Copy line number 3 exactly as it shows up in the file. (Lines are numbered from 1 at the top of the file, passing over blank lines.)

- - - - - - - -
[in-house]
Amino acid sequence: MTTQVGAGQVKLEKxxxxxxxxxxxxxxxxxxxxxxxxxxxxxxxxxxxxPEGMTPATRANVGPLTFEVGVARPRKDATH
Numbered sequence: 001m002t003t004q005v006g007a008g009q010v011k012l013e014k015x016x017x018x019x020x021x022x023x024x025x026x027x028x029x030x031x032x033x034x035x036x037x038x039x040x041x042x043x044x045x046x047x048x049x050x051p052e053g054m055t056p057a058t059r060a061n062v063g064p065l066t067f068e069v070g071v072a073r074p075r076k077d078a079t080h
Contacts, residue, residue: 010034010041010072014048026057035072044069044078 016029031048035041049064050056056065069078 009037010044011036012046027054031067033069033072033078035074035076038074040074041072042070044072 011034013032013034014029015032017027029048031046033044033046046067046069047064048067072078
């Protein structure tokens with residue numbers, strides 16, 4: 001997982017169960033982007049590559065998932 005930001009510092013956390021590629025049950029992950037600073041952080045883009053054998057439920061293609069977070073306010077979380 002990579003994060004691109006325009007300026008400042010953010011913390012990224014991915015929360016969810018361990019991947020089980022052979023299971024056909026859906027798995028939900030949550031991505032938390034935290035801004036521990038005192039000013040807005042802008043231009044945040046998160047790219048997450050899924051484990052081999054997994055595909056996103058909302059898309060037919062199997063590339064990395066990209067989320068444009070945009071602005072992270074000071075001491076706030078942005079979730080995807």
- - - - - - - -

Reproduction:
Numbered sequence: 001m002t003t004q005v006g007a008g009q010v011k012l013e014k015x016x017x018x019x020x021x022x023x024x025x026x027x028x029x030x031x032x033x034x035x036x037x038x039x040x041x042x043x044x045x046x047x048x049x050x051p052e053g054m055t056p057a058t059r060a061n062v063g064p065l066t067f068e069v070g071v072a073r074p075r076k077d078a079t080h